There are many new contraceptive technologies to meet a wide range of individual needs. For example, the copper-bearing intrauterine device (IUD) is a small, flexible plastic that can be inserted into a woman’s uterus and has been proven effective in stopping pregnancy for up to ten years or more. The levonorgestrel intrauterine device (LNG-IUD) is a T-shaped plastic device that is also inserted through the uterus and can provide protection from pregnancy for up to 5 years. These options are available for women wanting to avoid pregnancy on a more long-term basis and both are completely reversible. For women wanting short-term options, there are a variety of spermicides, once-a-month injectibles and diaphrams. There are even specialized pills for women who are lactating.
Another short-term option is the combined patch, which is a small, thin, square of flexible plastic worn on the body that continuously releases 2 hormones—a progestin and an estrogen, like the natural hormones progesterone and estrogen in a woman’s body—directly through the skin into the bloodstream.
The female condom is considered beneficial for women because they can initiate its use and it can be used without seeing a health care provider.
How can a lack of family planning link to an increase in sexually transmitted infections and HIV?
In an emergency situation, many factors can heighten the risk of HIV transmission, such as an increase in sexual violence and exposure to infected blood. Also, the breakdown of information networks and infrastructures can lead to a lack of family planning options, such as condoms. This is why it is important that crisis-affected populations have access to condoms. It is also important to note that both the male and female condom are the only forms of contraception that can be used both as a tool for family planning and also as a way to prevent the transmission of HIV and other sexually transmitted illnesses.
How can a lack in family planning link to an increase in maternal and infant mortality?
Maternal and infant mortality is very high around the world even with all the new modern contraceptives available. In an emergency, the threat of maternal and infant mortality can increase for many reasons, including too-early pregnancy as a result of rape and limited access to health facilities and skilled providers. In any setting, 15 per cent of women will experience life-threatening complications during delivery and 5-7 of this 15 per cent will need a Caesarean section. If women and girls do not have access to health facilities and providers, then the probability of death is very high if they have complications. It is therefore safe to conclude that if women and girls had access to family planning services and were allowed to utilize them there would be fewer unintended pregnancies, and this would reduce the number of mothers and babies dying in the world.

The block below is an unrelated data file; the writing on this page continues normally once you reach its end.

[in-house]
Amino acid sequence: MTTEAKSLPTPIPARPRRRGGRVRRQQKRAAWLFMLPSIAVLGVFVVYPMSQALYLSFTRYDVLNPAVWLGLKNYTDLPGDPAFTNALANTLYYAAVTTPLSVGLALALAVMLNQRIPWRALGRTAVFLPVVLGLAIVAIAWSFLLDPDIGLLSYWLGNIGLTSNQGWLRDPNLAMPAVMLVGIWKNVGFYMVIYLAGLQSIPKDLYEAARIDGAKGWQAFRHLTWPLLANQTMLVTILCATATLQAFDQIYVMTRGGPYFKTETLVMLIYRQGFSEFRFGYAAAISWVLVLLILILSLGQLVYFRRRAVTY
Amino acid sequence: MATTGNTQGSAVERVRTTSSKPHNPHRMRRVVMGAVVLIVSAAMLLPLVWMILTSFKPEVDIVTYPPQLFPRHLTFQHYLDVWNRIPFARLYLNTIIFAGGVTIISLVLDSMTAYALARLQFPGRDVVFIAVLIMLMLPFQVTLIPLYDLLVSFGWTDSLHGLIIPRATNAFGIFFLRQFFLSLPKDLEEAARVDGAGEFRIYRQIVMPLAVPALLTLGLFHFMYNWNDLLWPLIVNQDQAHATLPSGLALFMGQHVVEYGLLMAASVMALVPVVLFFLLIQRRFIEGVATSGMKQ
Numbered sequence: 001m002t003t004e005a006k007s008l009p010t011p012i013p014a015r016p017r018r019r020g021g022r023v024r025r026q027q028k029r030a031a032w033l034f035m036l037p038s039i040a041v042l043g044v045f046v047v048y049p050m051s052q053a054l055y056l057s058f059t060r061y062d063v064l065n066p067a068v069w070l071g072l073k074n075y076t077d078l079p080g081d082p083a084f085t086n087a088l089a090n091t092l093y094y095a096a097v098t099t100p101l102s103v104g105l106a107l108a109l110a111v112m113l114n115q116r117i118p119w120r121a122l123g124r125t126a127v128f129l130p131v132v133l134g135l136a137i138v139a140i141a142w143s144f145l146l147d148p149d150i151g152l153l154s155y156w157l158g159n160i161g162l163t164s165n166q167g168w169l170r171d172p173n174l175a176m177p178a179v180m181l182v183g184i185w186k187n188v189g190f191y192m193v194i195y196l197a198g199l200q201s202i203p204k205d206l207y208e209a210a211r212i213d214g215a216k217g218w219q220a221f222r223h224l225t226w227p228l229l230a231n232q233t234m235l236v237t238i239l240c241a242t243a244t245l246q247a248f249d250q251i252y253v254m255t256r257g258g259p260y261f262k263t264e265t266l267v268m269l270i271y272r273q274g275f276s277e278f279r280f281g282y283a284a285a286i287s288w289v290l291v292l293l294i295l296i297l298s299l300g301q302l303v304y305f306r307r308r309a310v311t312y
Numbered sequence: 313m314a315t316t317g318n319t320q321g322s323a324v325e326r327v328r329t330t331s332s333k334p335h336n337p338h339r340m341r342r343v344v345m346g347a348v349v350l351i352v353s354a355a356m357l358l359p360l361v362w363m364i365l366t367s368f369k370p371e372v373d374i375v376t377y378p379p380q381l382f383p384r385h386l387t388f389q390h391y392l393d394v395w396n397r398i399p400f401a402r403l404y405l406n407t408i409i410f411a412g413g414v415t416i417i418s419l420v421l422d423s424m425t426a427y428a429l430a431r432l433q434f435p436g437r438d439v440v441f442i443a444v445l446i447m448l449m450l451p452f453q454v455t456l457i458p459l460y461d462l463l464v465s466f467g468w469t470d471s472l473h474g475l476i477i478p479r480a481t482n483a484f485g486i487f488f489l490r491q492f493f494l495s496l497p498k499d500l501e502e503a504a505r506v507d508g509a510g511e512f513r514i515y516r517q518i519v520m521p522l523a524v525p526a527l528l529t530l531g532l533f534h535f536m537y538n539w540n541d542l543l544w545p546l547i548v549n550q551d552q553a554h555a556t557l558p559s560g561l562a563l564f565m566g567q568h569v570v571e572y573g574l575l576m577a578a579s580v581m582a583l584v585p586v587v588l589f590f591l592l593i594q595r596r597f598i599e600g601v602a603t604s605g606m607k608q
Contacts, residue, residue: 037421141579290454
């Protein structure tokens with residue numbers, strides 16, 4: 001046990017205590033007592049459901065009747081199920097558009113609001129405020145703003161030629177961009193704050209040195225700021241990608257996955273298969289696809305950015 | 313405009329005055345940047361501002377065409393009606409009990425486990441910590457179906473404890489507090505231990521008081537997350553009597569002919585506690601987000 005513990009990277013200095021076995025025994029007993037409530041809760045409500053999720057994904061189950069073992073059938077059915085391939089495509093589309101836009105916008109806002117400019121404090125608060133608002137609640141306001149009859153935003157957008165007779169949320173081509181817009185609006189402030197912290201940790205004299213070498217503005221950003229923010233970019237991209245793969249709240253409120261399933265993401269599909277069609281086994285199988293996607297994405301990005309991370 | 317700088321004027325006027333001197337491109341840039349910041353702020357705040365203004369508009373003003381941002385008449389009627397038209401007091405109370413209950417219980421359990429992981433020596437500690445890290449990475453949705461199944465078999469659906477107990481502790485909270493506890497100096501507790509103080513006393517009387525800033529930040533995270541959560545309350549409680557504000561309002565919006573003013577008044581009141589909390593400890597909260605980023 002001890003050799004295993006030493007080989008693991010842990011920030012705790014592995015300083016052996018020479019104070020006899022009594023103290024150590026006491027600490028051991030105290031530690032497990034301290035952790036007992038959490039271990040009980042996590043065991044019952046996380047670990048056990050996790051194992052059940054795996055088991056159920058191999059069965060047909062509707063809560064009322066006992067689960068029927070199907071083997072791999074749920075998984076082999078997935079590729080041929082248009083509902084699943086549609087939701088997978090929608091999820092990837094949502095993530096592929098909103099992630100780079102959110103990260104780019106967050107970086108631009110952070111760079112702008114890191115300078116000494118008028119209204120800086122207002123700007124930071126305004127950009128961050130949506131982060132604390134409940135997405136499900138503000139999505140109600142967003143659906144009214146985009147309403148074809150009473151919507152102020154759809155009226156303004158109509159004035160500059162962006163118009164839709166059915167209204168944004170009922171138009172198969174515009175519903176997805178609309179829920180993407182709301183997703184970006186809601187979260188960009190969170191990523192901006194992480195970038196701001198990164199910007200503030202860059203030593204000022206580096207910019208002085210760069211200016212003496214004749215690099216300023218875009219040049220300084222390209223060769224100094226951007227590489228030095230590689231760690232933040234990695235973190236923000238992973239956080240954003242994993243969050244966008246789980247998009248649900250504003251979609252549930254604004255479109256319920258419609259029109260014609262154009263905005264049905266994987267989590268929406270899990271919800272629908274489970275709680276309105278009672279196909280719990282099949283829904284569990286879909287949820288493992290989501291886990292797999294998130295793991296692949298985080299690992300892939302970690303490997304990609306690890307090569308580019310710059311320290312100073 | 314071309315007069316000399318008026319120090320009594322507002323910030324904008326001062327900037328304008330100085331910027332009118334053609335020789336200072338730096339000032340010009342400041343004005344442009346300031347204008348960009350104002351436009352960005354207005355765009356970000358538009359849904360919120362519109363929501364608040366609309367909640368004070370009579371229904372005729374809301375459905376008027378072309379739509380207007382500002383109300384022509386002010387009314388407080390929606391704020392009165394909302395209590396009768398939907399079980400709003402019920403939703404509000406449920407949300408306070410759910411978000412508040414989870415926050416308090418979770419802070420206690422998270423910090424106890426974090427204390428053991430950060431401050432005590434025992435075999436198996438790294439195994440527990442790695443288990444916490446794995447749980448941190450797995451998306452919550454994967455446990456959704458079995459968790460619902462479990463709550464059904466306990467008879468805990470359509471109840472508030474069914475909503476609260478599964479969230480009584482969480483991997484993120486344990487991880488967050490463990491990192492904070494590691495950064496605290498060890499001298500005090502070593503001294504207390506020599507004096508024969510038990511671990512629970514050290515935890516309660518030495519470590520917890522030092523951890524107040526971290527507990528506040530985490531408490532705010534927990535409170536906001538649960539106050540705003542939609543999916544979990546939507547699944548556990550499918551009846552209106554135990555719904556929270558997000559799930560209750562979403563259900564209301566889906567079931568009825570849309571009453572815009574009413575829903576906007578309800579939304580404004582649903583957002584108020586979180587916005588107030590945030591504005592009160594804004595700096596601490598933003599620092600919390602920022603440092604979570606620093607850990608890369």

How is UNFPA working to make family planning rights and services available to all populations in the future?
The International Conference on Population and Development (ICPD) helped establish very specific goals to be accomplished by 2015, including the reduction of child and maternal mortality and access to family planning services, information and counselling. However, there is an overwhelming unmet need for family planning options amongst poor and marginalized populations. In some of these communities, child and maternal deaths are actually on the rise.
Working closely with its government counterparts, UNFPA promotes family planning as a way of reducing maternal and infant mortality for providing dual protection from pregnancy and the transmission of HIV and other sexually transmitted infections. We collaborate with partners, national counterparts and societies to promote family planning rights using culturally sensitive and rights-based approaches. We assist in making contraceptives and information available in the language of our target populations and that young people are informed of their rights and family planning options. And we tend to find that when individuals have the information and services available to them they are grateful for the opportunity to have more options to plan their futures.
UNFPA also works to ensure those who are already practicing their right to plan their families have continued access to services, commodities and information.
– reported from New York by Shannon Egan